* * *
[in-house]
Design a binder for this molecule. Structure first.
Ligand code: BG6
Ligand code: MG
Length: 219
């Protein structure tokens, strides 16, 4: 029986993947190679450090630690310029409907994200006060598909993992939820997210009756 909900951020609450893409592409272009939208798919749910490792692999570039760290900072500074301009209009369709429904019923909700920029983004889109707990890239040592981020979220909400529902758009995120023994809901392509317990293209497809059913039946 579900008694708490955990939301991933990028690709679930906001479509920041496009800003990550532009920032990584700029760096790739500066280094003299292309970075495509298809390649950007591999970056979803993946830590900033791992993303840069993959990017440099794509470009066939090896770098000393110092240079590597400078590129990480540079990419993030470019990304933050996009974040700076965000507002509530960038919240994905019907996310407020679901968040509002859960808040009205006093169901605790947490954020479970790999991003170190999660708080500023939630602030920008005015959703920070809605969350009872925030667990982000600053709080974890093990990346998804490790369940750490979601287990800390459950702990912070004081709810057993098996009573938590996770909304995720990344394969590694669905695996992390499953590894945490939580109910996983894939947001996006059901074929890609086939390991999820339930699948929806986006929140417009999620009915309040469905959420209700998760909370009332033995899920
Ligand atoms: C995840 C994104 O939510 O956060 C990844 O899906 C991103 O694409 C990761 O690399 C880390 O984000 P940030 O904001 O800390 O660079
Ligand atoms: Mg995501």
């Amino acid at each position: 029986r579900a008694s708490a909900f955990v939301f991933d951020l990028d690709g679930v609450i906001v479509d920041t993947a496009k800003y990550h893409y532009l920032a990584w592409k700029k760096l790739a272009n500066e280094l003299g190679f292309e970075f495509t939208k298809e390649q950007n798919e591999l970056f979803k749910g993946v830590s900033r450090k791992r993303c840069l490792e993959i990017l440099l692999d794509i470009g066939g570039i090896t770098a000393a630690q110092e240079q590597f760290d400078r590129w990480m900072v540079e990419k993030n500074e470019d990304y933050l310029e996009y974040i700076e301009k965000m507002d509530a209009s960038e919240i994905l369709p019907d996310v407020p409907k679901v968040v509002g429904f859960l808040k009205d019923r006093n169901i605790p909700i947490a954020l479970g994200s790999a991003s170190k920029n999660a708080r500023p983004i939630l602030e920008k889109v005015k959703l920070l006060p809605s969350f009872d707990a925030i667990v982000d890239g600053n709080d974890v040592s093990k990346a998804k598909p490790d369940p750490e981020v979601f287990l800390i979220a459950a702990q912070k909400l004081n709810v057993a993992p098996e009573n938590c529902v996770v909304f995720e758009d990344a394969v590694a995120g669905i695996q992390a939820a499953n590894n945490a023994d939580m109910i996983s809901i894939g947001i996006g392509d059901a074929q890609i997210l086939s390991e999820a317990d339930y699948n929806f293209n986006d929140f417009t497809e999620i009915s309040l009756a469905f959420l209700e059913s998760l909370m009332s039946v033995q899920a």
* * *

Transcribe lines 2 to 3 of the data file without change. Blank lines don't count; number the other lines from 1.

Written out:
Design a binder for this molecule. Structure first.
Ligand code: BG6